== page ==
Country diary: shadows reveal a road less travelled in recent times

Kingswood, Northumberland: This track, a sunken green line much older than the motor-era road, hugs the hillside at an angle more suitable for horse and cart

The single track road, its potholes patched and repatched like a threadbare jacket, plummets down to the burn and up again in a steep V. Along its unfenced verges, the wind tugs at thistledown and at sparse clumps of gorse, the occasional hawthorn. Goldfinches flurry along. Impervious sheep graze the sloping fields.

This is where the Kingswood Burn runs through a cleugh, the Northumberland word for a ravine. Trees cluster the sides, delineating the watercourse, a thick-grown quiet place for owls and deer. There’s a mixture of holly and birch, hawthorn and sycamore, and, in the wettest places, alder. I look down on to this snaking wood and, over it, to the zigzag of the narrow road as it crosses ridge after ridge and think about the uphill walk once I have descended to the stream.

Down in the valley bottom there’s a little stone bridge. A group of red-legged partridges scurry up a sandy bank, their plumage a series of rusty bars over delicate grey. In the rough grass, shaggy ink caps cluster, some turning sludgy black as their spores develop.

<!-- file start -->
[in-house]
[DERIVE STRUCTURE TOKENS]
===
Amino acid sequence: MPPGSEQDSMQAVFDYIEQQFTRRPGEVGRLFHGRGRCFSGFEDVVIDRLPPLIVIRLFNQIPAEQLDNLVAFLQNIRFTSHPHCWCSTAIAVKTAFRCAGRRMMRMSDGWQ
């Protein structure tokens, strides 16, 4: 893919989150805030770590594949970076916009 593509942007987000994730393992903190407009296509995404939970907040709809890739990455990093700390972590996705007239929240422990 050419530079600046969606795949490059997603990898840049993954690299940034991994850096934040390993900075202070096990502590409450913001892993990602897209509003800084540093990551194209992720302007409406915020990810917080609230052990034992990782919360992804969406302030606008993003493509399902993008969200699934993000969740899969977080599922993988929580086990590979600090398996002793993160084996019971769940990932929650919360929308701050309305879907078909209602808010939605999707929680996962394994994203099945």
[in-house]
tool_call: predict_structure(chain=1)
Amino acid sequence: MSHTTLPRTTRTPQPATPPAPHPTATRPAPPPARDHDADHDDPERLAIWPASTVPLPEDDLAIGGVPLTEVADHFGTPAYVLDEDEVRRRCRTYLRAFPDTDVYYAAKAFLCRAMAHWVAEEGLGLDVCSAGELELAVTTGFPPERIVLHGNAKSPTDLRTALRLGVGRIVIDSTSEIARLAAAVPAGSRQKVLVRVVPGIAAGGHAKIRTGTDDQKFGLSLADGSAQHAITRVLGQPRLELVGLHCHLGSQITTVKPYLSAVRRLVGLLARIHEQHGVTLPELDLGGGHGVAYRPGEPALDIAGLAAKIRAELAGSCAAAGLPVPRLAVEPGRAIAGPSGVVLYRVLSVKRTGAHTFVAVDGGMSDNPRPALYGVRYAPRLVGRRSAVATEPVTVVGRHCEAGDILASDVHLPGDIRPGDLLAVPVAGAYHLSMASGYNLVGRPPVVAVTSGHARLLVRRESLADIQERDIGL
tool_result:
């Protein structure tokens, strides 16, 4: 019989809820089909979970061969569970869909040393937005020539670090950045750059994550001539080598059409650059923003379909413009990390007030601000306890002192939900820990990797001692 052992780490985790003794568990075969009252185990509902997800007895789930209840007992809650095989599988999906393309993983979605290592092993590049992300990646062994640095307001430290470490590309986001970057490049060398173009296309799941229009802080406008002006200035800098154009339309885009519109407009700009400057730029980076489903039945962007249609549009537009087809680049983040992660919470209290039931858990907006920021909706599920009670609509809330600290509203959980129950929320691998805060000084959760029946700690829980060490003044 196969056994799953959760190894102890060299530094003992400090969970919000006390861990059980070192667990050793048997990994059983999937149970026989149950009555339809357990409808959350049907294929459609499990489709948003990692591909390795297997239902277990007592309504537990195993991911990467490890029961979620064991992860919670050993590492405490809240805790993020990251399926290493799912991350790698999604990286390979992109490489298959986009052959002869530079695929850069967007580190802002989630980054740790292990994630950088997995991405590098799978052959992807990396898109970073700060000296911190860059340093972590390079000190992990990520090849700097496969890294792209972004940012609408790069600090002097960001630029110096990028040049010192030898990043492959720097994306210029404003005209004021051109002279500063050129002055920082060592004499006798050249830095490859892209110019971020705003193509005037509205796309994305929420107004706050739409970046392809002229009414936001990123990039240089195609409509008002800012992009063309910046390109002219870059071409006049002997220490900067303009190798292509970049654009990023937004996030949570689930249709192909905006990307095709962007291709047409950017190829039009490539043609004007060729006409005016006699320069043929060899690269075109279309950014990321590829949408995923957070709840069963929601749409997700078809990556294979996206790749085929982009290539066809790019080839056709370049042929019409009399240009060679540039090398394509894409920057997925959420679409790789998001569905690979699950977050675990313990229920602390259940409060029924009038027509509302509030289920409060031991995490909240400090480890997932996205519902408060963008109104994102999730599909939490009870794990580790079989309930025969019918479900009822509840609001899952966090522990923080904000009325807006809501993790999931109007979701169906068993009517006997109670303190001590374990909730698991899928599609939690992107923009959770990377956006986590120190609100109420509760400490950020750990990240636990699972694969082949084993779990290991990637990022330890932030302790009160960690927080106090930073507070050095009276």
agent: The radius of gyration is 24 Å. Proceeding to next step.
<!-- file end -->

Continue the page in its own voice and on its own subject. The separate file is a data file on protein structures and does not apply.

As I start the climb, there’s a rhythmical line of beech trees to my left. They curve like a breaking wave, branches sweeping up from the west to bend down to the east, moulded by gales and weather. Growing closely, maybe they’re an outgrown hedge or planted densely to provide some shelter. Their roots wrap over boulders, trunks knuckle and bulge, branches weld together or gesture out at odd angles. It’s hard not to relate them to human forms with their hints of limbs and faces.

These trees inspired the Allendale printmaker Cat Moore. It was seeing her linocut at the Gallery in the Hills, a converted barn at the top of this hill, that prompted me to revisit these special beeches. Now, looking back down on the cleugh, I see what I missed before. This road could only have been made after the invention of the motor vehicle. A much older track, a sunken green line, hugs the hillside at an angle more suitable for horse and cart. Revealed by the shadows of the afternoon sun, it’s a subtle mark written into the land.

Trees alongside the road that runs down to the Kingswood Burn.
Trees alongside the road that runs down to the Kingswood Burn. Photograph: Susie White


Susie White

The GuardianTramp

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